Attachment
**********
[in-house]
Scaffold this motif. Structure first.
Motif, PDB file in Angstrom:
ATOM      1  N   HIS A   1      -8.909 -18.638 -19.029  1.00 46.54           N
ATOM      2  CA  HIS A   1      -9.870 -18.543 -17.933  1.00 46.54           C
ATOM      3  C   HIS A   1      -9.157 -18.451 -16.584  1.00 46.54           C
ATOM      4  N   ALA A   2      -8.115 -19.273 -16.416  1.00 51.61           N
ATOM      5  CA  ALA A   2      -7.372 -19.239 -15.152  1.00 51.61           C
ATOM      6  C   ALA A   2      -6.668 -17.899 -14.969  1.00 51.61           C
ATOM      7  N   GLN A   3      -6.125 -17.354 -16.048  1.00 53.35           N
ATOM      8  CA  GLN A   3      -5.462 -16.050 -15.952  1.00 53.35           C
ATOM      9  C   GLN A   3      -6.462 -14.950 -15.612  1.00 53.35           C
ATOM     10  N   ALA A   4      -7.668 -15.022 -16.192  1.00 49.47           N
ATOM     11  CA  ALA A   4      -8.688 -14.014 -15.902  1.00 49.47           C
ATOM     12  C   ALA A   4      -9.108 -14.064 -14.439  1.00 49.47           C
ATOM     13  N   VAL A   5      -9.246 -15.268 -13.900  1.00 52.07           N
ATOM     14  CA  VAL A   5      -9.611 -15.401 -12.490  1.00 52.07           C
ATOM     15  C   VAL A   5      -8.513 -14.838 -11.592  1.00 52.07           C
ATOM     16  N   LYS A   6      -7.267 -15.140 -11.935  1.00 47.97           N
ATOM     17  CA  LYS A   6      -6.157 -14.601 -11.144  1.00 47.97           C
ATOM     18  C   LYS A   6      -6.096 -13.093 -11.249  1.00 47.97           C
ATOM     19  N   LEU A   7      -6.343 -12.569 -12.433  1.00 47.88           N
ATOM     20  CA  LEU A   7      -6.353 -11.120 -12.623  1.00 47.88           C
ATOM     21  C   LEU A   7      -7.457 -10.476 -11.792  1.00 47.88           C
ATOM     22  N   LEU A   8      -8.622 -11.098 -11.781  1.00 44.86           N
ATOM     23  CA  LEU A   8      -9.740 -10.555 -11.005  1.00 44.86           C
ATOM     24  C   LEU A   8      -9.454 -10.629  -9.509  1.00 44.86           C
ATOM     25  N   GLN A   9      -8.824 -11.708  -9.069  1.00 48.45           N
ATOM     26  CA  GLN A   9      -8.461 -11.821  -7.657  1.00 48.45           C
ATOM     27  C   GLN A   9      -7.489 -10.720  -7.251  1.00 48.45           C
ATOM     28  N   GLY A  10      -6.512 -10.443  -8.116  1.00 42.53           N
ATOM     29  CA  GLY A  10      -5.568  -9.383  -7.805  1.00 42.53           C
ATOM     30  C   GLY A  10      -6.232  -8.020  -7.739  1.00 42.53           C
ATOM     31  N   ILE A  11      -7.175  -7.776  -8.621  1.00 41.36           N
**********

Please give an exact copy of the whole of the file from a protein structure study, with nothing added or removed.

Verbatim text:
[in-house]
Scaffold this motif. Structure first.
Motif, PDB file in Angstrom:
ATOM      1  N   HIS A   1      -8.909 -18.638 -19.029  1.00 46.54           N
ATOM      2  CA  HIS A   1      -9.870 -18.543 -17.933  1.00 46.54           C
ATOM      3  C   HIS A   1      -9.157 -18.451 -16.584  1.00 46.54           C
ATOM      4  N   ALA A   2      -8.115 -19.273 -16.416  1.00 51.61           N
ATOM      5  CA  ALA A   2      -7.372 -19.239 -15.152  1.00 51.61           C
ATOM      6  C   ALA A   2      -6.668 -17.899 -14.969  1.00 51.61           C
ATOM      7  N   GLN A   3      -6.125 -17.354 -16.048  1.00 53.35           N
ATOM      8  CA  GLN A   3      -5.462 -16.050 -15.952  1.00 53.35           C
ATOM      9  C   GLN A   3      -6.462 -14.950 -15.612  1.00 53.35           C
ATOM     10  N   ALA A   4      -7.668 -15.022 -16.192  1.00 49.47           N
ATOM     11  CA  ALA A   4      -8.688 -14.014 -15.902  1.00 49.47           C
ATOM     12  C   ALA A   4      -9.108 -14.064 -14.439  1.00 49.47           C
ATOM     13  N   VAL A   5      -9.246 -15.268 -13.900  1.00 52.07           N
ATOM     14  CA  VAL A   5      -9.611 -15.401 -12.490  1.00 52.07           C
ATOM     15  C   VAL A   5      -8.513 -14.838 -11.592  1.00 52.07           C
ATOM     16  N   LYS A   6      -7.267 -15.140 -11.935  1.00 47.97           N
ATOM     17  CA  LYS A   6      -6.157 -14.601 -11.144  1.00 47.97           C
ATOM     18  C   LYS A   6      -6.096 -13.093 -11.249  1.00 47.97           C
ATOM     19  N   LEU A   7      -6.343 -12.569 -12.433  1.00 47.88           N
ATOM     20  CA  LEU A   7      -6.353 -11.120 -12.623  1.00 47.88           C
ATOM     21  C   LEU A   7      -7.457 -10.476 -11.792  1.00 47.88           C
ATOM     22  N   LEU A   8      -8.622 -11.098 -11.781  1.00 44.86           N
ATOM     23  CA  LEU A   8      -9.740 -10.555 -11.005  1.00 44.86           C
ATOM     24  C   LEU A   8      -9.454 -10.629  -9.509  1.00 44.86           C
ATOM     25  N   GLN A   9      -8.824 -11.708  -9.069  1.00 48.45           N
ATOM     26  CA  GLN A   9      -8.461 -11.821  -7.657  1.00 48.45           C
ATOM     27  C   GLN A   9      -7.489 -10.720  -7.251  1.00 48.45           C
ATOM     28  N   GLY A  10      -6.512 -10.443  -8.116  1.00 42.53           N
ATOM     29  CA  GLY A  10      -5.568  -9.383  -7.805  1.00 42.53           C
ATOM     30  C   GLY A  10      -6.232  -8.020  -7.739  1.00 42.53           C
ATOM     31  N   ILE A  11      -7.175  -7.776  -8.621  1.00 41.36           N